Kruger National ParkHippos and a stork

Kruger National ParkAnother Vervet Monkey. The fun part while driving around Kruger National Park in your own vehicle is animal spotting. We felt very much like explorers trying to discover new unknown species. Not to mention the ridiculous feeling of pride you got when you were the first one in the car to spot an animal in the distance. Hats off to our friend Andrew by the way, for spotting a whole pride of lions on their way down to the Sabie River for a drink. They were not easy to see, especially not from a moving car!

Kruger National Park Driving around on your own can however also be very frustrating at times. I can’t even remember the number of times I heard “Wait, what’s that? STOP THE CAR! I think I just saw a LEOPARD! Oh wait, it’s just a pile of elephant dung…”. Our hope on the second day was to see some rhinos from up close. We did spot one at some point in the afternoon, but it was so far away that none of us could tell whether it was of the black or white sort, even with our binoculars. We’d given up hope and started heading back towards the park’s entrance when suddenly this white rhinoceros (also known as square-lipped) appeared on the side of the road, just a few hundred meters before the park’s gates.

Nkomazi Game ReserveAfter 2 days in Kruger we left the wedding party and headed south of Nelspruit for 2 nights at the Nkomazi Private Game Reserve. We had decided to finish off the South African holiday by treating ourselves to a “posh” game reserve, with comfortable tents, tea-time snacks and game drives with rangers. It was meant to be a “mini-honeymoon”. That is, until Terris decided to tag along…

Nkomazi Game ReserveLonely ostrich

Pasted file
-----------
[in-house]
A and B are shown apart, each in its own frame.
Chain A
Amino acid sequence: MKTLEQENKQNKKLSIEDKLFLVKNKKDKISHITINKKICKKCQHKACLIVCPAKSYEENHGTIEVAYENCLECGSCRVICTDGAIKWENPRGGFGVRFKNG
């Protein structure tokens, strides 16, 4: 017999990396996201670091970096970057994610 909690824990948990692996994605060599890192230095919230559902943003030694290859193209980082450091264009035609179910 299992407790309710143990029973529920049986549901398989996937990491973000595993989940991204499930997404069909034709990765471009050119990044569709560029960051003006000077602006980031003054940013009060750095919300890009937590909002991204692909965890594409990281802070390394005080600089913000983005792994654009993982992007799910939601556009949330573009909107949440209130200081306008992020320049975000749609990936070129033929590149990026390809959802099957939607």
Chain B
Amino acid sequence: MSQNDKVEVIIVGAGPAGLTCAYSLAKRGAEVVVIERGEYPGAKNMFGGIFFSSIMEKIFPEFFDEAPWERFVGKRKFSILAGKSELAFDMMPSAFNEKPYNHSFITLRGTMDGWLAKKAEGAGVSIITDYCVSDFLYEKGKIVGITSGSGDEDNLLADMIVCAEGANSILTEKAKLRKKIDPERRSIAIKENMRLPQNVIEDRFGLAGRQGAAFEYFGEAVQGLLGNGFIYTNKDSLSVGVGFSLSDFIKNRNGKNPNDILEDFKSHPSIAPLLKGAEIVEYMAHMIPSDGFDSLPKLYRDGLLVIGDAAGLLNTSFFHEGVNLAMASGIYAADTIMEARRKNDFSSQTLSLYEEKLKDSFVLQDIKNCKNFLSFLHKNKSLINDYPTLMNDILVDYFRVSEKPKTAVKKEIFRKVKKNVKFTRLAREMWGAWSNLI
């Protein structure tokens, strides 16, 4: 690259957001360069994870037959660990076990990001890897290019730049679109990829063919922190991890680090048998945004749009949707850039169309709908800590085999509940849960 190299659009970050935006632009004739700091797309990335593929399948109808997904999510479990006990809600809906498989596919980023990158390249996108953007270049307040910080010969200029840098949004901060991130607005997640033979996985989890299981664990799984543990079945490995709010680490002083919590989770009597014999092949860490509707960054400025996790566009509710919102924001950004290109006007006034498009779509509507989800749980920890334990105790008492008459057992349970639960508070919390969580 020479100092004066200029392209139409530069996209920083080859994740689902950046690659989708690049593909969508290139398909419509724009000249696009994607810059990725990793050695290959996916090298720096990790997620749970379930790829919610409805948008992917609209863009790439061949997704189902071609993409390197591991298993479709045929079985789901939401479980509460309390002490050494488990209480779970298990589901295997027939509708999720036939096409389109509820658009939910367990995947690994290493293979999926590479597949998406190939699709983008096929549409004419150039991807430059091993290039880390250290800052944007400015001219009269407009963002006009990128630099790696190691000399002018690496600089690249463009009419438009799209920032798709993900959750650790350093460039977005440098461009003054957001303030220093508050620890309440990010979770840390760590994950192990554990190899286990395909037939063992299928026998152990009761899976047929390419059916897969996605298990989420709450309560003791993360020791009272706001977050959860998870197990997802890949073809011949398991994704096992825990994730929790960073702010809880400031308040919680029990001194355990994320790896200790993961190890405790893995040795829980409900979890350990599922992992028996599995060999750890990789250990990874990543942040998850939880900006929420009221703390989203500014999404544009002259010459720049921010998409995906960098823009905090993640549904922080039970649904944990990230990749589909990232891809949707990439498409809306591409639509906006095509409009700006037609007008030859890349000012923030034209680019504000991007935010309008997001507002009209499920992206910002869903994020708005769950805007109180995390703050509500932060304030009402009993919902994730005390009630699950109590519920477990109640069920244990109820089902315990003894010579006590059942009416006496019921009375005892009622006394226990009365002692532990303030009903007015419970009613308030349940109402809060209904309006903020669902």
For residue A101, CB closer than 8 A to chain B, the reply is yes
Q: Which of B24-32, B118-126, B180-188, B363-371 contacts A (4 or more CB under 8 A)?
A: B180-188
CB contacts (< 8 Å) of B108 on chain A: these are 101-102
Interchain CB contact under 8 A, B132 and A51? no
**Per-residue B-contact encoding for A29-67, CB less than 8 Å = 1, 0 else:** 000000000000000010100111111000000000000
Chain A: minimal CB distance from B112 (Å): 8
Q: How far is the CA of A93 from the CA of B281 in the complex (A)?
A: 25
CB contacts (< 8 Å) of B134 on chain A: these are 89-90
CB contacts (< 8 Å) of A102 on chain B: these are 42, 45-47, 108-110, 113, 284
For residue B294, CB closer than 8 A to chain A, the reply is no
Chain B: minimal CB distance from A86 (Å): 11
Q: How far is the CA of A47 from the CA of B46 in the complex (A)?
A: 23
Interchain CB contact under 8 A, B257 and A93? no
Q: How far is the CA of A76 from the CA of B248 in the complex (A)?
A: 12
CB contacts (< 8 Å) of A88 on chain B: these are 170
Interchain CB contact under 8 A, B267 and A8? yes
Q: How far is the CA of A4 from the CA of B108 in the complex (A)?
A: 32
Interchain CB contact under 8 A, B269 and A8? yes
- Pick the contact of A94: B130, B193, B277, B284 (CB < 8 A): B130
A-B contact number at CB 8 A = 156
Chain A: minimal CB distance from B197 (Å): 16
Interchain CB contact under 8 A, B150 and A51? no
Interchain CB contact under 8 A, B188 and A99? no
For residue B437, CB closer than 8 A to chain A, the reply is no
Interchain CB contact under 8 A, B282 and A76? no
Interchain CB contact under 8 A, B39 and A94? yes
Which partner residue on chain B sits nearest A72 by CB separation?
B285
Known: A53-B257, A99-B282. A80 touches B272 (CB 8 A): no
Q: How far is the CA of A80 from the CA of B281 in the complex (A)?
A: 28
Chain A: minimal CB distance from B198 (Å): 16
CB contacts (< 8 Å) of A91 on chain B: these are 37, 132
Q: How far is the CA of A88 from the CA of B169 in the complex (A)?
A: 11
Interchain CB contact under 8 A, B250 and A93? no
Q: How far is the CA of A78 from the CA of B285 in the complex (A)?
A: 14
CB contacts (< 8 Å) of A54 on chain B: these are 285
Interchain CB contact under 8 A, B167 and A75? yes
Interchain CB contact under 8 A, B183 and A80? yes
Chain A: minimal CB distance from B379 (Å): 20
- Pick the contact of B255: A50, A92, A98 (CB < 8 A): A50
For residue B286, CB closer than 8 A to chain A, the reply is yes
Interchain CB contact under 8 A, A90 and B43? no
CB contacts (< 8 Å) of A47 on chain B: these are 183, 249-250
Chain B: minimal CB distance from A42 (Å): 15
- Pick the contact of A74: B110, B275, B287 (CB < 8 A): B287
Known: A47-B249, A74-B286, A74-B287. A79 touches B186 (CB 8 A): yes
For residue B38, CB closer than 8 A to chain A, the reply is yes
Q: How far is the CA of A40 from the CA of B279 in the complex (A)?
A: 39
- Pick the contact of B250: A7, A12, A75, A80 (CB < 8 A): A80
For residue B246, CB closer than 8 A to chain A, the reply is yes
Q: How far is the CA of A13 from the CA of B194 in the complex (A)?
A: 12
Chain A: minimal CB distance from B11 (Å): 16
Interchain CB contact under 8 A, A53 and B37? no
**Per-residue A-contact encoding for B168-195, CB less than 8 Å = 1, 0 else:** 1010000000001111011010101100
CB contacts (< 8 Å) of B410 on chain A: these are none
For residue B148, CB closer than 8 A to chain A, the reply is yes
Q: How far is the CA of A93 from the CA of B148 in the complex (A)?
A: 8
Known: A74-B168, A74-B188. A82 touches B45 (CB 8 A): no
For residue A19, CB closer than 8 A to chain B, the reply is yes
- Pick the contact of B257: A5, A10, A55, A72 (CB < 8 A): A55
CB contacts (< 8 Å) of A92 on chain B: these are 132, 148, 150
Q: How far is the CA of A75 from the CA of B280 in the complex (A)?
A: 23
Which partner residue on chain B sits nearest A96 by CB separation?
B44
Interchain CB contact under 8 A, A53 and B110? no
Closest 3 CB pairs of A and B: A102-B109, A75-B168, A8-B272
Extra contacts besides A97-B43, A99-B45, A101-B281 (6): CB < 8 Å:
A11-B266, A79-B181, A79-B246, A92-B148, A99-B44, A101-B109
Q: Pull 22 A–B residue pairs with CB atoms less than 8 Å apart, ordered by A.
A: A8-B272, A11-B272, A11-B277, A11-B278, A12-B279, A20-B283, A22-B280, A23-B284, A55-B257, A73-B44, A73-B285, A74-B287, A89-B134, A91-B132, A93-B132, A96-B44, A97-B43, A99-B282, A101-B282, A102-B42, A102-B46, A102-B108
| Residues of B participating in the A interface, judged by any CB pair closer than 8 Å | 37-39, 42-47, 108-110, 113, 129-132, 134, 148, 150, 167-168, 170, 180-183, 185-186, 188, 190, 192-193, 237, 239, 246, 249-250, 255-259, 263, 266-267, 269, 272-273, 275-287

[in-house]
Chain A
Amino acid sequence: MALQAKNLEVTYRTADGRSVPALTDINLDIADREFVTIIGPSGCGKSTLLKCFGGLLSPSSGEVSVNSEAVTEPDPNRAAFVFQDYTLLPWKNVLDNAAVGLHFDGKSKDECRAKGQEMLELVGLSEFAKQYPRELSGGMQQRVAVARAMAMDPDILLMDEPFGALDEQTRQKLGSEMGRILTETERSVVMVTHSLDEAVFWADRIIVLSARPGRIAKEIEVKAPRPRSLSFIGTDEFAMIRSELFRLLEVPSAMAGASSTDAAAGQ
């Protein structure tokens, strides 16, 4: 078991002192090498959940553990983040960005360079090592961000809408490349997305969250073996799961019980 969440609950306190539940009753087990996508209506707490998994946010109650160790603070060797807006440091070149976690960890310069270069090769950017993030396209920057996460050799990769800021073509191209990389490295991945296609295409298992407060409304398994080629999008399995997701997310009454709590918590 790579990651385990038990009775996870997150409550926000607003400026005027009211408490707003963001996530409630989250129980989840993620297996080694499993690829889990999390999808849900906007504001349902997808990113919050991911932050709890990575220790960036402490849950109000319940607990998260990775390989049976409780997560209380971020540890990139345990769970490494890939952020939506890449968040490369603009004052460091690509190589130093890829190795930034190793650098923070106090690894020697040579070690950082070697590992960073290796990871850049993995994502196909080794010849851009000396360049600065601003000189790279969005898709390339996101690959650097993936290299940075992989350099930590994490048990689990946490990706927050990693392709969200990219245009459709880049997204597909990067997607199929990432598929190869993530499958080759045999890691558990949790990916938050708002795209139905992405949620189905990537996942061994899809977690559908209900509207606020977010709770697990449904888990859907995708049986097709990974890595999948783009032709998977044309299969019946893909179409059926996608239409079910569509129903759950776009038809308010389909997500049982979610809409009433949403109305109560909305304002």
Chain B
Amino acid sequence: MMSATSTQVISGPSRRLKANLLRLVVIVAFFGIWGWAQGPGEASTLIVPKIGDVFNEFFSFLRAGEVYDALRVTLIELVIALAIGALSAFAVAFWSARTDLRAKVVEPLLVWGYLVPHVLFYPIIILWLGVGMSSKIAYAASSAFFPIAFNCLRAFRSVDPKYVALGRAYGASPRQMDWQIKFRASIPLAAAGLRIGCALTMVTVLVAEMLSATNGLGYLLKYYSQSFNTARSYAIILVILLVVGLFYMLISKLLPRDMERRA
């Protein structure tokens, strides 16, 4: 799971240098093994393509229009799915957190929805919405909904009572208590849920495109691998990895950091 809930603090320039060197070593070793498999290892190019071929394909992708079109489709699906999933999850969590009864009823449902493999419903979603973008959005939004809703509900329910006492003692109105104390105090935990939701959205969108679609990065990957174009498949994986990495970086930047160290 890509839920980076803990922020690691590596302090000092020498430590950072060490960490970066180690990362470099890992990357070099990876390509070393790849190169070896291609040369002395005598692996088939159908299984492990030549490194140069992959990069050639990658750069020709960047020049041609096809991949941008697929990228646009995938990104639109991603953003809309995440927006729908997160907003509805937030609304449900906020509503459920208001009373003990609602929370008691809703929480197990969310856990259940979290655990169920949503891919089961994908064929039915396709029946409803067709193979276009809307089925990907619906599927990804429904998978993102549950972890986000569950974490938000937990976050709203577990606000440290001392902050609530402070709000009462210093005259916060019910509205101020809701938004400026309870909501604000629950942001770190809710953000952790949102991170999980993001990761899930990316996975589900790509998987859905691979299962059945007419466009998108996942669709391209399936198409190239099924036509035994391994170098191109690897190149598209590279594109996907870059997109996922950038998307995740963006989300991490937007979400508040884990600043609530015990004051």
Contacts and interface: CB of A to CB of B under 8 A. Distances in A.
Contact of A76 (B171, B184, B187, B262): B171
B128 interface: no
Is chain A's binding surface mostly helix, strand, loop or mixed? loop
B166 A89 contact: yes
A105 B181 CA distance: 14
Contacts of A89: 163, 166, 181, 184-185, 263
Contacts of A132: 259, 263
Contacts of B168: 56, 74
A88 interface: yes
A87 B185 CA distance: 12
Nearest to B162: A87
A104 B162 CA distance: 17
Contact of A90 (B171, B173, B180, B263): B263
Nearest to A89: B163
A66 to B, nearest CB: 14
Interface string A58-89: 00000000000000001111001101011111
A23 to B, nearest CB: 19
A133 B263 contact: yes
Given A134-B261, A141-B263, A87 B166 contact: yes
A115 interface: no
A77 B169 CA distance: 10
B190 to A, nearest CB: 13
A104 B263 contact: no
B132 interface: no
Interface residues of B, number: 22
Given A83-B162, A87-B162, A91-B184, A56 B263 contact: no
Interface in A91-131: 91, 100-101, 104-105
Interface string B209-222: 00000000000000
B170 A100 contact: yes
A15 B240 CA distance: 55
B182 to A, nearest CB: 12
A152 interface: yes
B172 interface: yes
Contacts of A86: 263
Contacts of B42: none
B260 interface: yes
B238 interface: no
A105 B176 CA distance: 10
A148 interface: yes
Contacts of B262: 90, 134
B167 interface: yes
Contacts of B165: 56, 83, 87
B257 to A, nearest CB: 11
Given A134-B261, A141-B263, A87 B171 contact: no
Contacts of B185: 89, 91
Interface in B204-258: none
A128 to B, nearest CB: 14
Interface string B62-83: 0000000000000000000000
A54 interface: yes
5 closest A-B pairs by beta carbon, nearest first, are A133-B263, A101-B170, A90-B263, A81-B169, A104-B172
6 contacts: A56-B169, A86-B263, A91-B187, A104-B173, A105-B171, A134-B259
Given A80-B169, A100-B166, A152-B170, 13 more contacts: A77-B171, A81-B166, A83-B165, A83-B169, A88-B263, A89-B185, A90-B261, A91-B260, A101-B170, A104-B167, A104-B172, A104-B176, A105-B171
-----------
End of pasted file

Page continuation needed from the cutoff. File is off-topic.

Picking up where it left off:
Nkomazi Game ReserveThe king of the jungle! The male lion that our ranger Ulrich tracked during our first game drive looked much healthier than any of the lions we had seen in Kruger. We were told that this is due to the fact that most lions in Kruger suffer from the feline equivalent of AIDS.

Nkomazi Game ReserveWouldn’t want to get my head stuck in there!

Nkomazi Game ReserveThe evening drives ended with drinks and snacks somewhere with a nice view of the sunset. Those so-called sundowners were a good opportunity to ask Ulrich more about the reserve and more generally about his work as a ranger. Terris did most of the talking. I just stuffed my face my biltong…

Nkomazi Game ReserveThose lights were placed on every table during our first dinner at the reserve. Manufactured by a South African company called Consol, the cool light-emitting solar jars store sun energy during the day and release it during night time, via a solar panel and LED lights situated in the lid.

Nkomazi Game ReserveThe morning drives started around 6AM. It wasn’t easy to get out of bed so early, but seeing the wildlife and the scenery in that warm morning light made it all worth it.

Nkomazi Game Reserve

Nkomazi Game Reserve

Nkomazi Game ReserveStill a bit chilly at this time of the day!

Nkomazi Game ReserveOn the second morning Ulrich told us that he would attempt to track the lions again. After driving around and being sent in the wrong direction a couple of times by other rangers, the lions were finally spotted on a hill side on the other side of a river. Ulrich took the 4×4 across the water and followed small dirt tracks leading to the top of the hill as fast as he could. We were the first group at the top and arrived just in time to see the whole pride of lions appear on our right. The male was accompanied by 2 females and at least 5 cubs. The young ones were very curious and came right up to the car, so close that we could have almost touched them if we had tried. The parents didn’t seem to bothered though: as Ulrich said, “they are at the top of the food chain, why should they be scared?”.

Nkomazi Game ReserveIt’s so fluffy!!!!

Nkomazi Game ReserveWhite rhinos

Nkomazi Game ReserveWith the largest population of rhinos in the world, South African parks and reserves play an extremely important role when it comes to rhino conservation. Unfortunately poaching continues to be a massive issue in the country, with as many as 1215 rhinos killed and poached in 2014 alone. Ulrich explained to us that the Nkomazi Game Reserve employs a security team dedicated to protecting its rhino population, 24 hours a day and 7 days a week.

Nkomazi Game Reserve Terris‘ dream finally came true: seeing wildlife other than raccoons, beavers and geese…

Nkomazi Game ReserveSundowner at the end of our second day in Nkomazi, one of the highlights of our stay.

Nkomazi Game ReserveEnjoying the view from our tent and the last moments of freedom before the holiday came to an end. What a fabulous trip!

More photos here!